"FRAMD raises researchers' awareness of the challenges of finding appropriate animal models, while giving scientists the tools to choose what best fits their needs"

Carl Kirker-Head

AO VET International Board Past Chairperson


FRAMD provides researchers and funding agencies with easy, all-in-one access to a vast array of peer-reviewed fracture science literature, making it easier for users to find the best animal model to test an intervention.

“There’s really a lack of ready access to find out what the best animal models are, and that’s because the current ways of looking for what’s best are limited: You either go back to the few textbooks describing models of fractures or you go to the existing big databases which are complex and sometimes frustrating in the ways you must search for information,” said Kirker-Head. “Consequently, researchers can end up going down pathways which essentially do a disservice to the animals, using models which don’t reasonably replicate the clinical condition—in other words, they’re not translatable, models that are not reproducible, or models that don’t adequately address the animals’ welfare.”

Ultimately, that lack of ready access results in research that is less relevant to the hypothesis and more costly and time-consuming, he said.

A wide-ranging resource

A strong point of FRAMD, Kirker-Head pointed out, is that it’s an attractive resource to a wide range of research fields.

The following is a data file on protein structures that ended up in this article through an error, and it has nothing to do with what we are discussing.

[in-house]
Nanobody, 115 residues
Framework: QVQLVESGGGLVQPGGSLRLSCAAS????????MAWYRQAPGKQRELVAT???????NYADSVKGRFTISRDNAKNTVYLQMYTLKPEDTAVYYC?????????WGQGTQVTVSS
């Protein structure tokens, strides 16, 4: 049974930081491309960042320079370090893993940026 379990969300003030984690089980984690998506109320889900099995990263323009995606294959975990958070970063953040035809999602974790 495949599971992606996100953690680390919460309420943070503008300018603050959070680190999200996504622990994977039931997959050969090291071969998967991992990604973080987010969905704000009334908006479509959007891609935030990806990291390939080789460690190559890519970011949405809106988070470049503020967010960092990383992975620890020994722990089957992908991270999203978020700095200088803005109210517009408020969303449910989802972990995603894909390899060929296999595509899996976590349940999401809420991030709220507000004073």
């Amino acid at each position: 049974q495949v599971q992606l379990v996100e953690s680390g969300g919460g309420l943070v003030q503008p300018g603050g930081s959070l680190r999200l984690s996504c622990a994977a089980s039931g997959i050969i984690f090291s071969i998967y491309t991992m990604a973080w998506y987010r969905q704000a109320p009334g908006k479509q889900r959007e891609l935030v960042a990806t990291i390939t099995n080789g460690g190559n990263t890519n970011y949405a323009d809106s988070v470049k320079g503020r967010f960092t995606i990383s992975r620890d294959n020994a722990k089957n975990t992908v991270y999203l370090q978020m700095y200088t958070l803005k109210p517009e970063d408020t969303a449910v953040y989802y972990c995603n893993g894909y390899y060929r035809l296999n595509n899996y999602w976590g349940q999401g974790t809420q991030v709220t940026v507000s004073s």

“This database is broad in that it encompasses all fracture publications that use animal models. So, it is just as relevant to the researcher investigating, for example, whether a protein accelerates healing, as it is to the researcher looking at the influence of smoking on fracture healing,” he noted. “Over the years, the FRAMD team has realized that fracture research covers a vast field beyond what we are currently investigating at the AO, hence our wish that the database be used by more than just our current members.”

FRAMD’s usefulness to funding agencies should not be underestimated, he pointed out.

“For example, it could be useful to agencies like the United States' National Institutes of Health—which funds researchers—to understand what best practice is,” said Kirker-Head. “Funding committees are not always globally aware of what the best practices are when it comes to research animal models. In developing FRAMD, we have awarded star scores to the models, reflecting whether or not they showed good translatability to the clinical condition, good reproducibility for the researcher reading the study, and good adherence to the principles of animal welfare.”

Going forward, Kirker-Head envisions new FRAMD features being added subject to funding along with continuous expansion of the database.

“As principal investigator and on behalf of the entire FRAMD team, I am grateful for the support the database continues to receive from key opinion leaders inside and particularly outside of the AO, including the Orthopaedic Research Society and Orthopaedic Trauma Association,” he said.